Cephalosporins for Patients With a History of Penicillin Allergy: The Safety of an Oral Test Dose

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Abstract

Background:

Cephalosporins are often avoided in patients labeled with penicillin allergy due to potential cross-reaction. We describe the utility of an oral cephalosporin test dose in patients with penicillin allergy.

Method:

A retrospective review of all inpatients labeled with penicillin allergy who received a single oral cephalosporin dose, identified through the pharmacy records between April 1, 2004 and October 30, 2008.

Results:

Ninety-seven inpatients met our selection criteria. Type of penicillin reaction was described as rash/hives/pruritis, anaphylaxis, angioedema, and unknown in 53 (54.7%), 10 (10.3%), 7 (7.2%), and 27 (27.8%) cases, respectively. The test dose used was cephalexin 250 mg (56.7%) or 125 mg (35.1%) and cefuroxime axetil 125 mg (8.2%). Reaction to the test dose was noted in 5 (5.2%) patients, including rash (n=2), breathing difficulty (n=2), and asymptomatic eosinophilia (n=1). Breathing difficulty resolved with diphenhydramine/corticosteroids in one case and without any therapy in the other. Cephalosporin therapy was initiated within 3 hours (interquartile range, 2-6 hours) after test dose in 90/93 patients without test-dose reaction. Two (2.2 %) patients developed reaction during treatment: rash (n=1) and angioedema (n=1). One case complained of anxiety, and therapy was interrupted. Test-dose and treatment reactions were transient and easily managed.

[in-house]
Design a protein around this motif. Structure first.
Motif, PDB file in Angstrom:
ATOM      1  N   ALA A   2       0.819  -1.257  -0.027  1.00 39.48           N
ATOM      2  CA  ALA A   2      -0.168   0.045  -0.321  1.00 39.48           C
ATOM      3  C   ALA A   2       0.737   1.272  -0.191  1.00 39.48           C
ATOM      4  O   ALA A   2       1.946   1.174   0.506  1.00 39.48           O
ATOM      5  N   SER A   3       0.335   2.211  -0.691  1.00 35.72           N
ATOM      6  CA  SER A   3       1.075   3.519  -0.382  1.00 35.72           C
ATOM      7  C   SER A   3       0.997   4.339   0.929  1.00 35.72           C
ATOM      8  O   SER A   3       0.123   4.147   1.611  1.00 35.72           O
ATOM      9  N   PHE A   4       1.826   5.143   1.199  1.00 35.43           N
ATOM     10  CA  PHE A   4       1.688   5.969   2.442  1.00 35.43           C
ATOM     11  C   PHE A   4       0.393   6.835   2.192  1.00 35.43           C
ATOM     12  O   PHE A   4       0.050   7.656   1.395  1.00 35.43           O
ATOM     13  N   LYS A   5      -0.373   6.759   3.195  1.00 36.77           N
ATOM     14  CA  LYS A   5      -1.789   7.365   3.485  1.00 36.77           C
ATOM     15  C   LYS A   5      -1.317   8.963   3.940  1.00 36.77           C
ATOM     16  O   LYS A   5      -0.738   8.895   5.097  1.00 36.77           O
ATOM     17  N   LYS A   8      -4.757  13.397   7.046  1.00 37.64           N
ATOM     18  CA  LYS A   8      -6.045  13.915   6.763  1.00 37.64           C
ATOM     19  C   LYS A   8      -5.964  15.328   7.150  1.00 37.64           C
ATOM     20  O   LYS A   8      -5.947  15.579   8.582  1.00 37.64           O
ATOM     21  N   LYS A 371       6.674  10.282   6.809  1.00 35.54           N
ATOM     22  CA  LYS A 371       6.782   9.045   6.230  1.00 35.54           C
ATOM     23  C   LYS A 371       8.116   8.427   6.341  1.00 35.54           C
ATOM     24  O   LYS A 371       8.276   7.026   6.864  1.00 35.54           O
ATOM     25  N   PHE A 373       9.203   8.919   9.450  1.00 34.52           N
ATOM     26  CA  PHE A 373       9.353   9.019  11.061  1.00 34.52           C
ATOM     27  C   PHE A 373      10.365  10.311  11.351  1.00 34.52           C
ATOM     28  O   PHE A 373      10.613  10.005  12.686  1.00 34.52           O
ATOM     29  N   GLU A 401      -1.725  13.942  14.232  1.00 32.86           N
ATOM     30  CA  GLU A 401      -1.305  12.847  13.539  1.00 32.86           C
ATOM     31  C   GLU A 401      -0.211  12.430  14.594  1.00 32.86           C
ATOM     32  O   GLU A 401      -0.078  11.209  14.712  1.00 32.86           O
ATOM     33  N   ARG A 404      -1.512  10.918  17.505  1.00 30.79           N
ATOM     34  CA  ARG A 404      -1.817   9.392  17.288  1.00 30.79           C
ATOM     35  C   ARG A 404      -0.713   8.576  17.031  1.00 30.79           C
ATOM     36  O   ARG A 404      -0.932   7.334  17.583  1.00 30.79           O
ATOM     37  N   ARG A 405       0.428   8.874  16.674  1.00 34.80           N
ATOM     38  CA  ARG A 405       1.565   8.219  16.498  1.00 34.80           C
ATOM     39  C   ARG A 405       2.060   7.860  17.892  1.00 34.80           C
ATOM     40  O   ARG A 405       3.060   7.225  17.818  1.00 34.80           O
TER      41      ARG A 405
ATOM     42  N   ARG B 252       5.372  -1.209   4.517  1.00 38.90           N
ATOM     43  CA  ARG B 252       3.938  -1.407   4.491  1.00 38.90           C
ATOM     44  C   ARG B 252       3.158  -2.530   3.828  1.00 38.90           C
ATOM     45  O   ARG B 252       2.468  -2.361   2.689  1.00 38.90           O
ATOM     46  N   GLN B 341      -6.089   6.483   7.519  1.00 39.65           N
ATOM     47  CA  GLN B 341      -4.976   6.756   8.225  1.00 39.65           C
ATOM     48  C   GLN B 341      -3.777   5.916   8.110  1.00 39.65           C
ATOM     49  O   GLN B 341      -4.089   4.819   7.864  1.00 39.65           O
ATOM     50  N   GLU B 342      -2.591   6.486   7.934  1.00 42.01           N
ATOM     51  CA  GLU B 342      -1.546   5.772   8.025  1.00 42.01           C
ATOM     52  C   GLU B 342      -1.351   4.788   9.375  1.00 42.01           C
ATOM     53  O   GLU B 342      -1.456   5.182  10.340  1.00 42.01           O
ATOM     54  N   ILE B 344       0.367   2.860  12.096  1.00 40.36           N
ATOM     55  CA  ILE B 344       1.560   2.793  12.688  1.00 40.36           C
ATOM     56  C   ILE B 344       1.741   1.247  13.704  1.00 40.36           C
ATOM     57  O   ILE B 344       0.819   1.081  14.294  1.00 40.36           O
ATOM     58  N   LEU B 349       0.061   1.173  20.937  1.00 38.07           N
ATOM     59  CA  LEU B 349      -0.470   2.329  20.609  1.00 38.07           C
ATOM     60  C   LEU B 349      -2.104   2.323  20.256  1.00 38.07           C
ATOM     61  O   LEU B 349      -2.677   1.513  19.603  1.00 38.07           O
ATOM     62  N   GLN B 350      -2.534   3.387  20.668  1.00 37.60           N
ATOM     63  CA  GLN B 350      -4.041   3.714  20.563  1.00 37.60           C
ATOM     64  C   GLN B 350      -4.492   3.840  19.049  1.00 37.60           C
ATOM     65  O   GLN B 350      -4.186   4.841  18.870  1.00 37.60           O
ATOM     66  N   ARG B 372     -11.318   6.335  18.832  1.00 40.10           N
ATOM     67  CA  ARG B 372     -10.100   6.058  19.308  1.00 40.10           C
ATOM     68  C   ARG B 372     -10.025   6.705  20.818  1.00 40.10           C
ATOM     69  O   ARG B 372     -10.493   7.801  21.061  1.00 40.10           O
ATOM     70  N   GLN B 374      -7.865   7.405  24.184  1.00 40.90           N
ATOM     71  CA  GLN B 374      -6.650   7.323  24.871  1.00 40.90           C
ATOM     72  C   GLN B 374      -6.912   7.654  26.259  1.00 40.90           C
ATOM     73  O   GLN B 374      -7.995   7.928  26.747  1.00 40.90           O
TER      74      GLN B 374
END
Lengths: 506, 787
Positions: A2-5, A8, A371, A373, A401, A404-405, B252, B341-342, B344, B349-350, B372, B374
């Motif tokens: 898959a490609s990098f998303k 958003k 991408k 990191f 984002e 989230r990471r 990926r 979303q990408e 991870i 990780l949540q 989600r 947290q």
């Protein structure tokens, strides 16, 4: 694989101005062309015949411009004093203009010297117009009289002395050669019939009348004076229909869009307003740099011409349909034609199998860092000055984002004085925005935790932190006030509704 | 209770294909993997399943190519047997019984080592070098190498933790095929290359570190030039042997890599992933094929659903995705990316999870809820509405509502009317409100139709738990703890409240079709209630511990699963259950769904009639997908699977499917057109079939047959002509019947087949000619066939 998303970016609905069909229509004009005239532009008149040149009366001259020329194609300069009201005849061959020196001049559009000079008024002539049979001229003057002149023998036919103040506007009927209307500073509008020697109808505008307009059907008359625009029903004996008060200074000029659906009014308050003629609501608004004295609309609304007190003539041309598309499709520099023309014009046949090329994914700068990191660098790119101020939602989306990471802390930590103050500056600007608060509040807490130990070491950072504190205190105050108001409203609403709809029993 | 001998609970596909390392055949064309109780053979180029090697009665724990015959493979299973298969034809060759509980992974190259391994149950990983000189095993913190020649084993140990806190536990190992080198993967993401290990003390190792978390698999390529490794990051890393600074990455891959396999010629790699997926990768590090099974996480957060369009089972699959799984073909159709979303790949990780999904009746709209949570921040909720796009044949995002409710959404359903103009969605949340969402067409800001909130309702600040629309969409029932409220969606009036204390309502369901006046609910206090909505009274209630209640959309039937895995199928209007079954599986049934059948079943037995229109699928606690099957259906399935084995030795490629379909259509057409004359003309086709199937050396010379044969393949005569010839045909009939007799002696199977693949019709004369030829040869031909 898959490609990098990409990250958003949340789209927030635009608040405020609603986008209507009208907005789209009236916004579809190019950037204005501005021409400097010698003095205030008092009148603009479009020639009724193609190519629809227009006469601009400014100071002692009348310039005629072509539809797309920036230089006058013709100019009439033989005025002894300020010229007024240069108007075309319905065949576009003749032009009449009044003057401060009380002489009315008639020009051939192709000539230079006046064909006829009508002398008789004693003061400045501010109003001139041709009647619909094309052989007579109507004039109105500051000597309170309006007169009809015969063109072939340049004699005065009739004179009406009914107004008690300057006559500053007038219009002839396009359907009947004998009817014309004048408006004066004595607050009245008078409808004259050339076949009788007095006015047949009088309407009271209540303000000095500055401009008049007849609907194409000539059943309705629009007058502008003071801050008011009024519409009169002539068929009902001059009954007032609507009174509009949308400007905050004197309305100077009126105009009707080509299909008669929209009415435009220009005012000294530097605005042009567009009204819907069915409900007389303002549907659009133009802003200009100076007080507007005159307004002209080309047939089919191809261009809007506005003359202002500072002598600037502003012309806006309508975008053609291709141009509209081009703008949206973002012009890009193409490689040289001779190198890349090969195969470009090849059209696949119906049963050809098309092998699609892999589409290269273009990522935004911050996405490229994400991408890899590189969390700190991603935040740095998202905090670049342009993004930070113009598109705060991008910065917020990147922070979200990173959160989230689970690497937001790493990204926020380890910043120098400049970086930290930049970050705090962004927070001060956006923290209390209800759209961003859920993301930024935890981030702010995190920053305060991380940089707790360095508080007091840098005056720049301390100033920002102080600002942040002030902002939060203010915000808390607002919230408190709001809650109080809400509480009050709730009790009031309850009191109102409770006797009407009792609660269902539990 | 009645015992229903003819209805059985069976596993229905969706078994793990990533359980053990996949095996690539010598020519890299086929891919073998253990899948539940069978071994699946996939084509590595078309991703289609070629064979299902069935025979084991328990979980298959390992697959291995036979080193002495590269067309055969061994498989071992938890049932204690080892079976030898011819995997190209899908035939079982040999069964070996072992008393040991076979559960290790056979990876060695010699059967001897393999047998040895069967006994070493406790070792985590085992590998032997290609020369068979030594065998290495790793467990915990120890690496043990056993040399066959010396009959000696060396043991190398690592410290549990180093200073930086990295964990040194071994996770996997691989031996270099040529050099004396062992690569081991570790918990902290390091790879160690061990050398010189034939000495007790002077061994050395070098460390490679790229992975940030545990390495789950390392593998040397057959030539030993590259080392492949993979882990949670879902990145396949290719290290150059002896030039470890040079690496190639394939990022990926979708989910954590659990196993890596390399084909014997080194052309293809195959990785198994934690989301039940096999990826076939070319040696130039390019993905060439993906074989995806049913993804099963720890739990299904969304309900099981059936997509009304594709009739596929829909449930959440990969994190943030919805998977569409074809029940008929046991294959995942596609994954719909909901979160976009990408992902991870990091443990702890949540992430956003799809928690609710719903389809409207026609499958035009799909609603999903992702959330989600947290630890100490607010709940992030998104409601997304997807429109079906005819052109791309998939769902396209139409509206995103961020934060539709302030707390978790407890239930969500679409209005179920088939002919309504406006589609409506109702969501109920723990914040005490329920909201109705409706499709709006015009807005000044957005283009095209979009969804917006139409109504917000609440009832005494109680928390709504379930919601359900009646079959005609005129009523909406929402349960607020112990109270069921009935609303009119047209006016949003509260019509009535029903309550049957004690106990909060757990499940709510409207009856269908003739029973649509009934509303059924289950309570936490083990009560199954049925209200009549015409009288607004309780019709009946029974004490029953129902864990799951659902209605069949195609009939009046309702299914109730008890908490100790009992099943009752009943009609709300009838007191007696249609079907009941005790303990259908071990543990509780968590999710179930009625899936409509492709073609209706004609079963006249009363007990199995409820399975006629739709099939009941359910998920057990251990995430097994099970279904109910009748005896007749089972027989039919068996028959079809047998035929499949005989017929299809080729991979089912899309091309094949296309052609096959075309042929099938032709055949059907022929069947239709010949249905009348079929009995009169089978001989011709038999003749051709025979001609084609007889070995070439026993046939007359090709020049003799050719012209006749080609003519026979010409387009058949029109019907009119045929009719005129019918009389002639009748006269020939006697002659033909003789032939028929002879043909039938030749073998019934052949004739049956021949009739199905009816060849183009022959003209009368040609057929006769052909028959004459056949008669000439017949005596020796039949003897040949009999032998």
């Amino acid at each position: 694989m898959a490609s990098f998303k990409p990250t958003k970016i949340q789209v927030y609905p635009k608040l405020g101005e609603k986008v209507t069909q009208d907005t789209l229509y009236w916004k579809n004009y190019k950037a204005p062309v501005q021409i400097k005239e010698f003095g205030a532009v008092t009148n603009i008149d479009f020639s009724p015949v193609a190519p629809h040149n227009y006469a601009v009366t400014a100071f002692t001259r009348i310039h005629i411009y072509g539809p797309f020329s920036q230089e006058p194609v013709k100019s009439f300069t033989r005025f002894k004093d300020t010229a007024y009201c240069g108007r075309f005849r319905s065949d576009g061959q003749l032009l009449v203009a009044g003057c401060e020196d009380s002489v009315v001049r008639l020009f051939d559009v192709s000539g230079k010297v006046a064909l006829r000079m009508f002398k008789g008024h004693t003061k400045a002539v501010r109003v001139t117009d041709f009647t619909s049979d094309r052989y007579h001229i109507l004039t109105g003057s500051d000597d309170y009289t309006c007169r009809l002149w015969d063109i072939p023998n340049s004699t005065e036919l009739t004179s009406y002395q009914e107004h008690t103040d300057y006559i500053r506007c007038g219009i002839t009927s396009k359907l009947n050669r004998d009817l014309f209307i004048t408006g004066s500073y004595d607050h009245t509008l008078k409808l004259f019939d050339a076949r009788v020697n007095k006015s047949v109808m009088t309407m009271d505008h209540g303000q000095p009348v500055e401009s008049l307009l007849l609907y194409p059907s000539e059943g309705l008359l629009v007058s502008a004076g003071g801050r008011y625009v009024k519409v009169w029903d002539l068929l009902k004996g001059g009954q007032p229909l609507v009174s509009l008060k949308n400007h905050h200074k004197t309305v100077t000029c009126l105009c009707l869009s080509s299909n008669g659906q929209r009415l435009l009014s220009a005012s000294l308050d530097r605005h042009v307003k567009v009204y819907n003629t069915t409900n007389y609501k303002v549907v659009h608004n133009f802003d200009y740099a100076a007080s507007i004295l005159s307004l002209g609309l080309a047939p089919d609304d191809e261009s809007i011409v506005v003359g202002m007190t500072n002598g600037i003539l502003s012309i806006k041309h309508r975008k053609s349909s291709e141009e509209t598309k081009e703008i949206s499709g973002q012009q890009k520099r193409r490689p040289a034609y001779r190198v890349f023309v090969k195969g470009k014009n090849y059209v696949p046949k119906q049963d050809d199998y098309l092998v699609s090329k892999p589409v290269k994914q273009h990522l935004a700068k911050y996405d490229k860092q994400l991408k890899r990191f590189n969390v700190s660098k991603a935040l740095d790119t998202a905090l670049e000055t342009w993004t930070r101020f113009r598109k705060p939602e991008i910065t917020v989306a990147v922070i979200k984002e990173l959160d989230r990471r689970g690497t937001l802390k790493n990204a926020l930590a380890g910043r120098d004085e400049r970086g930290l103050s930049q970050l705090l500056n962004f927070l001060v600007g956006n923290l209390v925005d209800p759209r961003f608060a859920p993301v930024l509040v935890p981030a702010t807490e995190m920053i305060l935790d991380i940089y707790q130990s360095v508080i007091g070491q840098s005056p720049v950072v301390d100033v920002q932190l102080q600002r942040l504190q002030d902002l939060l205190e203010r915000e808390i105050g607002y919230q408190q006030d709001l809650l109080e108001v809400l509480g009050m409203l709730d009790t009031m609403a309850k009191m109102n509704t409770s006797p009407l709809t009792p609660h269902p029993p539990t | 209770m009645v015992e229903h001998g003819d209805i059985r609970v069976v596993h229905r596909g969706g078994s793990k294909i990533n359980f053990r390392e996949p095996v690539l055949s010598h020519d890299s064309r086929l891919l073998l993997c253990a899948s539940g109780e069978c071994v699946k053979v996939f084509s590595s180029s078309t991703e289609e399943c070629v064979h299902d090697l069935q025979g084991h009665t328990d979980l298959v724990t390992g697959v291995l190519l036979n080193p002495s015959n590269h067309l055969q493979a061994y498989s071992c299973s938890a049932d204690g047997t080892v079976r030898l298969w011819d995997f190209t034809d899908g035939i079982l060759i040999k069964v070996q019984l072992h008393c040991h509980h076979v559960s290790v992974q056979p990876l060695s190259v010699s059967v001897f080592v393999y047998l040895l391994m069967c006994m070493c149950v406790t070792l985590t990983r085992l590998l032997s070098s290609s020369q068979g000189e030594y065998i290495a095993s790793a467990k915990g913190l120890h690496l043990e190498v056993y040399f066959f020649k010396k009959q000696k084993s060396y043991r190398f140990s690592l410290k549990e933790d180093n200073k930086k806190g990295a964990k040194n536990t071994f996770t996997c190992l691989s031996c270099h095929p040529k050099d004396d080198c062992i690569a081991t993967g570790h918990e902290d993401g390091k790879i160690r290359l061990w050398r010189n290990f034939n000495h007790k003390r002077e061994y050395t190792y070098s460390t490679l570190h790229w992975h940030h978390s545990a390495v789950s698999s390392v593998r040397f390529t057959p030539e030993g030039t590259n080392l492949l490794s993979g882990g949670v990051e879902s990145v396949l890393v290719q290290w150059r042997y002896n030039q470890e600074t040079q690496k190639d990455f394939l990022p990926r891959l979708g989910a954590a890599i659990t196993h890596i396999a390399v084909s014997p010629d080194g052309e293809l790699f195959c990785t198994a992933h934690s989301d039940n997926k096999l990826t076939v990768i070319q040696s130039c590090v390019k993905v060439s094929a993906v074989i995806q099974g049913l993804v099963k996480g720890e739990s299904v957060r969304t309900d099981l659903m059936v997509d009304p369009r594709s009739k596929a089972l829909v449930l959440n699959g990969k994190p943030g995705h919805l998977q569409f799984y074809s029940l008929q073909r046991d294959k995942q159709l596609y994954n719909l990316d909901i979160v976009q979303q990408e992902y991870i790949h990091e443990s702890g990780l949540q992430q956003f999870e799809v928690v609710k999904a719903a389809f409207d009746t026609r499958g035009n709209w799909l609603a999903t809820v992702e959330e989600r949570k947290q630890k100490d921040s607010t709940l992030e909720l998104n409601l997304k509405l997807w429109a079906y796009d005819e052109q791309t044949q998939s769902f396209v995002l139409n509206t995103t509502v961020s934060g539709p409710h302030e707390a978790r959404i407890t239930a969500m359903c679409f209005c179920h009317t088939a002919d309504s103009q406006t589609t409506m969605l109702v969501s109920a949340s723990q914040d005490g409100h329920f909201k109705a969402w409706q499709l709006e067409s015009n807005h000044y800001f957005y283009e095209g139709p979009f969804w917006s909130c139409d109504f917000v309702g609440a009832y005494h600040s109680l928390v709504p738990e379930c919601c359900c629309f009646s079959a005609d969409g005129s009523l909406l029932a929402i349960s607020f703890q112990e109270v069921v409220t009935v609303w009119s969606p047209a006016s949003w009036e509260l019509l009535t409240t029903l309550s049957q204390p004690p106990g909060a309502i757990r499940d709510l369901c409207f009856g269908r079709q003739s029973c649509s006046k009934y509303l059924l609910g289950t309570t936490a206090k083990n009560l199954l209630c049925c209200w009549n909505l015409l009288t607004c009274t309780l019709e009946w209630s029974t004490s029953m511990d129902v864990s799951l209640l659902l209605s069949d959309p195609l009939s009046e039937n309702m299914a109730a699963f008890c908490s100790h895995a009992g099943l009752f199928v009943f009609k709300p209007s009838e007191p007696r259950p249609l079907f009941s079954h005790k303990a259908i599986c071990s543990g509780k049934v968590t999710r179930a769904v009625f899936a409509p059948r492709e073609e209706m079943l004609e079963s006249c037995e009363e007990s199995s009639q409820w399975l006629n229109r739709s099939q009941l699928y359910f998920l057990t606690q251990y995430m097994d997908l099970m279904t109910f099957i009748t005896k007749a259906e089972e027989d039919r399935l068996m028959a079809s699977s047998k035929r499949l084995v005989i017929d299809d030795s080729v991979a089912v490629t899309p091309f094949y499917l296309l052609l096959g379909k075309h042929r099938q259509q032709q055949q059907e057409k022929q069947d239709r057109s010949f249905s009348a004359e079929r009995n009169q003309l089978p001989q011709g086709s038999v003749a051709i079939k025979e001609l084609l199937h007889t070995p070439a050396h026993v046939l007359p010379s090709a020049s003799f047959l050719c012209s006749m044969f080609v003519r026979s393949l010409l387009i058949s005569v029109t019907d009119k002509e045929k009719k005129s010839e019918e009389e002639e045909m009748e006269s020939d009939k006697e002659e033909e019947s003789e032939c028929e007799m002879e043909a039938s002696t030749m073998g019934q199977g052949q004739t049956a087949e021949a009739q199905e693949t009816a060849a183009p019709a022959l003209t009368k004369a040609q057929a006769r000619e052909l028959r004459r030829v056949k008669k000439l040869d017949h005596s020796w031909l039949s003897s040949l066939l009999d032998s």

Conclusions:

An oral cephalosporin test dose was safe in patients labeled with penicillin allergy and predicted subsequent cephalosporin tolerance in nearly 90% of patients.

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